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The Rape of Belgium: The Untold Story of World War I Hardcover – Feb 1 2004

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Product Details

  • Hardcover: 339 pages
  • Publisher: New York Univ Pr (Feb. 1 2004)
  • Language: English
  • ISBN-10: 0814797040
  • ISBN-13: 978-0814797044
  • Product Dimensions: 16.2 x 22.4 x 2.9 cm
  • Shipping Weight: 599 g
  • Average Customer Review: Be the first to review this item
  • Amazon Bestsellers Rank: #1,514,367 in Books (See Top 100 in Books)
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Most Helpful Customer Reviews on (beta) HASH(0xa0facb88) out of 5 stars 11 reviews
30 of 32 people found the following review helpful
HASH(0xa116512c) out of 5 stars A real eye opener! Sept. 20 2004
By Regine M. Brindle - Published on
Format: Hardcover
Growing up in Post WW2 Belgium, I never understood why those who lived through the war could not stop recalling their experience.

Couldn't they just leave the past behind?

And then I grew up and I began asking questions?

My father's parents lived on the Dutch border, by Vise and so were some of the first to witness the invasion. My grandfather was deported to Bavaria for 5 years. His wife was left to fend for herself and their 6 year old son.

My mother's parents lived a few days' walk from the border, in Jauche. They, along with many others, fled Belgium with only the clothes they had on their backs. Watching the horizon for advancing German troops from the second floor of their homes, those who had survived WW1 had encouraged their adult children to just run. Why? Was that not cowardice?

I found the answer. It was not cowardice. It was survival instincts.

In its horrifying retelling, the book presents a sort of play rehearsal for the Holocaust.

The invaders' total disregard of the law and treaties but most of all their ability to get away with it all, set the tone for the next war. A German population, lulled by false propaganda, believed they had been victimized by the Allies. When the 'right' leader came along how could they resist seeking what they felt was righteous vindication.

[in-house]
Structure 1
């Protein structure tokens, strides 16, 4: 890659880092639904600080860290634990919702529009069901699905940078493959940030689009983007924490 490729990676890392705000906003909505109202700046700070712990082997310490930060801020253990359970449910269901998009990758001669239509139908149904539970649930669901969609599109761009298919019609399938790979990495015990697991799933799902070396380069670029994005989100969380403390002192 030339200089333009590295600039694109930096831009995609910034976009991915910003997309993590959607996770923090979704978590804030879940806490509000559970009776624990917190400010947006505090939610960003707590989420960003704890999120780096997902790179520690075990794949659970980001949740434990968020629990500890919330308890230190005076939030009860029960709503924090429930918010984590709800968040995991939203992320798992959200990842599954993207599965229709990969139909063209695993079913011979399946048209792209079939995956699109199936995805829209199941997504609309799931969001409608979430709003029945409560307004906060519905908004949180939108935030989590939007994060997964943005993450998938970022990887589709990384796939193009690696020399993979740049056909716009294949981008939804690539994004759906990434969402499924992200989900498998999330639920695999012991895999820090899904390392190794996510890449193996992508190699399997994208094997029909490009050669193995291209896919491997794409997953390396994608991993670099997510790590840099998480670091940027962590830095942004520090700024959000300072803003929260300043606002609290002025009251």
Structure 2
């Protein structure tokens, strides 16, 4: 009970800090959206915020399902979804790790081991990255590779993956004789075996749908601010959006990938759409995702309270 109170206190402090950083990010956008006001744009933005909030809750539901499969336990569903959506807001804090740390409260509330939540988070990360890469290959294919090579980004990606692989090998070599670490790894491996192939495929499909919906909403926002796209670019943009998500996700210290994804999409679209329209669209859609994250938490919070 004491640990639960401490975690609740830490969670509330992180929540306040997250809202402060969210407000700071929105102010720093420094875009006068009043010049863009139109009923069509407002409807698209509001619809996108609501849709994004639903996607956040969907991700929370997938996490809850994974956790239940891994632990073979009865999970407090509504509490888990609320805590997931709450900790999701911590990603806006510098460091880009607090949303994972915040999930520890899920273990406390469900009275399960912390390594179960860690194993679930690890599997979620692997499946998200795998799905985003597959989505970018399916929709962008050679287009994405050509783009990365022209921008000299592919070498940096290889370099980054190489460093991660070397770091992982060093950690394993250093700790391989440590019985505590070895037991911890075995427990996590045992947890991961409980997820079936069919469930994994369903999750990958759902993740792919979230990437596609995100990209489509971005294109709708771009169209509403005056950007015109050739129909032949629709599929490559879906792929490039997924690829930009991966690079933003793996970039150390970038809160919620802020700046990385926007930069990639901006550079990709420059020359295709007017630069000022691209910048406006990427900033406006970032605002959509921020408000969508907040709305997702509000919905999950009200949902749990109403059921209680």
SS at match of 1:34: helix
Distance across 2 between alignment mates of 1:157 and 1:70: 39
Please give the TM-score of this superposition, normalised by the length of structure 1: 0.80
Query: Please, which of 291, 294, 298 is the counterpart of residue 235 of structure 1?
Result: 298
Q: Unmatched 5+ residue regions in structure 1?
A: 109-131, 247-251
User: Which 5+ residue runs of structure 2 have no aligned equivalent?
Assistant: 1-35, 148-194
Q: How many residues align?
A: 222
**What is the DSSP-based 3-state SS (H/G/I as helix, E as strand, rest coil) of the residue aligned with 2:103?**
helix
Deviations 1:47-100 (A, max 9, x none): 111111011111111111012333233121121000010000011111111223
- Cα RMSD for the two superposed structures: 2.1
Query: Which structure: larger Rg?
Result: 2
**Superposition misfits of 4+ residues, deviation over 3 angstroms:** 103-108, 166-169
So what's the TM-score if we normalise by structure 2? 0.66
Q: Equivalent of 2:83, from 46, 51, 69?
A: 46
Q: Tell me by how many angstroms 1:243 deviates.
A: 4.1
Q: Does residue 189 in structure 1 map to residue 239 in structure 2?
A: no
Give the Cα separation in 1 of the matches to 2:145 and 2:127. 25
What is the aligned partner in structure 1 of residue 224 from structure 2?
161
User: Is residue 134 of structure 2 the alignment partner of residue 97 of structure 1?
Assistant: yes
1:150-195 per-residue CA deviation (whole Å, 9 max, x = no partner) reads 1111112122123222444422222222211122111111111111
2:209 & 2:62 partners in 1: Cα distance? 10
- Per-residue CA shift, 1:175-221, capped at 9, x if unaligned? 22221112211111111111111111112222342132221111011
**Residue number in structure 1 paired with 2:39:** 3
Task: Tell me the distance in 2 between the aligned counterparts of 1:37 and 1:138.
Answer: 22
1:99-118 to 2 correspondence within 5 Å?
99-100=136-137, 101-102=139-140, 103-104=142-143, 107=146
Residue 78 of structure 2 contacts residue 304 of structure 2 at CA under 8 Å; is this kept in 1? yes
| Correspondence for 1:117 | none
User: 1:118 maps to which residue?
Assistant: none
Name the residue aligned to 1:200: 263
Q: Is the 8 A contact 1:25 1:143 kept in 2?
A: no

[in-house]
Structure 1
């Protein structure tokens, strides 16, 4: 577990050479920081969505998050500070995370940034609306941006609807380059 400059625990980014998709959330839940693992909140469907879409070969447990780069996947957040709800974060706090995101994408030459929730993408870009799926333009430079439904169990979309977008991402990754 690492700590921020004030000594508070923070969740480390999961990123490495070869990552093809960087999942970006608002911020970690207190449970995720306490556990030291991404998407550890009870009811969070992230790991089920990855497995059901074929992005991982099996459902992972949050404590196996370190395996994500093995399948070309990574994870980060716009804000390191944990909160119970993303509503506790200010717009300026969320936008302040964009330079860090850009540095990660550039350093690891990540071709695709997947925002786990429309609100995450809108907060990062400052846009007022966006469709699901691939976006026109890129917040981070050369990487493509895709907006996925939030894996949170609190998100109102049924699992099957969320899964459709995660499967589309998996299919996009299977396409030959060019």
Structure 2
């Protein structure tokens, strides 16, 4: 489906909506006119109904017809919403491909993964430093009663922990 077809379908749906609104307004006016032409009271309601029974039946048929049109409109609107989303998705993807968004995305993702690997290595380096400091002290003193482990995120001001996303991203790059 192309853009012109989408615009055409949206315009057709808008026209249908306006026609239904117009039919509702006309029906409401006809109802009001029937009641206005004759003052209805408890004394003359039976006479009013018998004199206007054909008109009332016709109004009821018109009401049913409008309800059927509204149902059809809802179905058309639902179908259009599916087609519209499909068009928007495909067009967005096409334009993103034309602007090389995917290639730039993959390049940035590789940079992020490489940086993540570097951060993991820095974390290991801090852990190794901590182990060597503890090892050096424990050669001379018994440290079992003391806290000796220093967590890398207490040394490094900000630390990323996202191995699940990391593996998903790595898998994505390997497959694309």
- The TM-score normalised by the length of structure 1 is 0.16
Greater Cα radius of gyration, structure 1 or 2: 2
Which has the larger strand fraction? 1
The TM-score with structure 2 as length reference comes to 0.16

How wrong they were though!

How Belgium and the Belgians ever managed to get back on their feet amazes me...

WW2 might not have happened had the issue of War Crimes been taken seriously. Millions of lives might have been spared. But hindsight is 20/20.

A must-read for anyone truly interested in learning from the Past.
13 of 15 people found the following review helpful
HASH(0xa115a1d4) out of 5 stars Facts behind the propaganda March 5 2005
By John C. Landon - Published on
Format: Hardcover
The propaganda wars in the First World War produced a strong reaction against the distortions on both sides. But, as the author shows, the result in the case of Belgium was to forget the reality of the German invasion and occupation, which in many ways was the first episode of the twentieth century savagery of warfare against civilian populations. The term 'totalitarian' had not yet entered the language, but the war system created to plunder and repress the Belgians was in many ways the first instance of the type. Sixth place in the ranks of industrialized nations, Belgium was plundered of its industrial capital and infrastructure. This history was a premonition of the tactics of the Nazis to come. Sets the record straight in an area where it is difficult, short of the archival research provided, to maintain objective judgments.